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Tv Syndicators' Brave New World

March 04, 1985|MORGAN GENDEL | Times Staff Writer

Robert Bennett, president of Metromedia Broadcasting, was motivated by the skyrocketing price tag for network series in syndication. Current comedies, such as "Family Ties" and "Cheers," are commanding as much as $75,000 per episode from each station buying them for future syndication.

"For our stations alone, they were getting (a total of) $300,000," said Bennett, whose seven big-city stations include local independent station KTTV Channel 11. "At that point, I said, 'Hey, this is crazy. For $300,000 to $350,000, we can produce TV ourselves."

Lurking behind the high price of off-network shows are some statistics that frighten independent station owners.

First, the number of independent stations has risen in the last 10 years from 78 to 214, creating "an insatiable appetite for product," according to Robert Jacquemin, executive vice president of sales and marketing for Paramount Domestic Television and Video Programming.

Second, network series that are viable syndication candidates--those with at least 67 episodes (about three seasons' worth) and preferably 100--are in woefully short supply, thanks to the networks' tendency to cancel series that don't immediately climb up the ratings chart.

Only eight sitcoms are expected to enter syndication between now and 1990, down from about 22 half-hour shows in the last five years. They are: "Gimme a Break," "Facts of Life," "Silver Spoons," "Cheers," "Family Ties," "Newhart," "Webster" and, barring any downturn in its fortunes, "The Cosby Show."

Metromedia already contributed to the pool of potential syndication properties by co-subsidizing and distributing new episodes of "Too Close for Comfort" and by broadcasting "Fame" after its cancellation by NBC in 1983. Creating and producing all-new series was the next logical step.

Station group owners Gannett Broadcasting, Hearst Broadcasting, Storer Communications Inc. and Taft Radio and Television Co. Inc. teamed up with Metromedia Television to form the New Program Group, whose premiere production is "Small Wonder." The consortium comprises 24 network affiliates and nine independents covering 45% of the nation's TV viewers.

Chicago's Tribune Broadcasting Co. also is getting into first-run production. TV NET, a partnership between the Tribune Co. and Viacom, is an affiliation of 125 TV stations nationwide that will air prime-time, first-run programming (hence the name T ribune V iacom NET work). For now, it will present major theatrical releases never before seen on commercial TV, but future plans call for original programming.

INDAY, financed by LBS, is the name of a two-hour block of programming that subscriber stations will broadcast each weekday beginning this fall. The four half-hours within the block are a news show put together by the Tribune Co. and three magazine-style shows: "All About Us," hosted by Ron Hendren and produced by game-show mogul Dan Enright; "What's Hot, What's Not," produced by Lorimar and hosted by Fred Willard and Melanie Chartoff, and, from Columbia Pictures Television, "The Great Life," the pilot of which featured "St. Elsewhere's" Ed Begley Jr. as host.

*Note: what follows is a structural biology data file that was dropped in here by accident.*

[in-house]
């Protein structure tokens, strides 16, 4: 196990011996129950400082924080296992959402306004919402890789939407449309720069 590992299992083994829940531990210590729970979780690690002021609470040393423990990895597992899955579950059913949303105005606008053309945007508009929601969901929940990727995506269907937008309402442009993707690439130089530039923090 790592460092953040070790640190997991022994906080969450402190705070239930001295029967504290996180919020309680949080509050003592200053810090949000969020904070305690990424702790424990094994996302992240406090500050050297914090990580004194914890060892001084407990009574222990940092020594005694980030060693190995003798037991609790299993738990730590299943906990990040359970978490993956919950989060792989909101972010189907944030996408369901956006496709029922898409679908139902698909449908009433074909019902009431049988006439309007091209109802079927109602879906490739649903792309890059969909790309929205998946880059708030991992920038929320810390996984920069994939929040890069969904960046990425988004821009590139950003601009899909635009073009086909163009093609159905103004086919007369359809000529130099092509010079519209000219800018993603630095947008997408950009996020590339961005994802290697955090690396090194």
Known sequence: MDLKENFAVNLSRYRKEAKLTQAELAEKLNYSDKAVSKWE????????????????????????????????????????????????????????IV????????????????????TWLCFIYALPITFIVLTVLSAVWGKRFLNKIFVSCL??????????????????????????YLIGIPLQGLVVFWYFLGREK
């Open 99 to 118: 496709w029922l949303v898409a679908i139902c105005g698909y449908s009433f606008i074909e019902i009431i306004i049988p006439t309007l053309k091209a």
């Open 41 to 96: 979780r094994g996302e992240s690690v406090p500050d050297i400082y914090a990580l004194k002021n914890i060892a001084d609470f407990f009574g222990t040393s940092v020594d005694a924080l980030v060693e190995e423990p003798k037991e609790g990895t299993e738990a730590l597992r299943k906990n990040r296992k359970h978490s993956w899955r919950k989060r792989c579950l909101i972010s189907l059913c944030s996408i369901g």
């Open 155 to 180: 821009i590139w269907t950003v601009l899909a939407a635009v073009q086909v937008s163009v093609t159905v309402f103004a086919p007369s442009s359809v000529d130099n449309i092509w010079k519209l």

LBS President Henry Siegel considers his company "a catalyst, if you will, in most of the projects that are happening in first-run syndication." LBS helped guarantee funding for "Fame," "Too Close for Comfort" and "It's a Living" and also backs "Tales From the Dark Side" and three animated children's shows. The company finances shows by "bartering"--in this case by retaining 40% to 50% of each show's advertising time for sale to national sponsors while local stations sell the balance themselves.

"I like to look at the networks as the three largest barter firms, and we're the fourth," Siegel said.

Will the various ad-hoc networks of syndicators and station owners ever rival the Big Three as generators of episodic TV and entertainment programming?

"My feeling is, if the networks, with all the talent they have behind them, can't produce successful half-hour sitcoms, I doubt if anyone else will be much more successful," said Chuck Wolfertz, Eastern sales manager for Victory Television, which will syndicate all current shows from MTM Productions, including "Newhart," "Remington Steele" and "Hill Street Blues."

Most syndication executives say that they would prefer to buy off-network shows-- if they were more plentiful and lower-priced. But given the current market, they see independence from the networks as a boon.

"The fact that the networks cancel shows quicker than they should is a major hindrance and a financial obstacle--but it also opens up an opportunity to create new programming for syndication," said Steve Roberts, president of 20th Century Fox Telecommunications.

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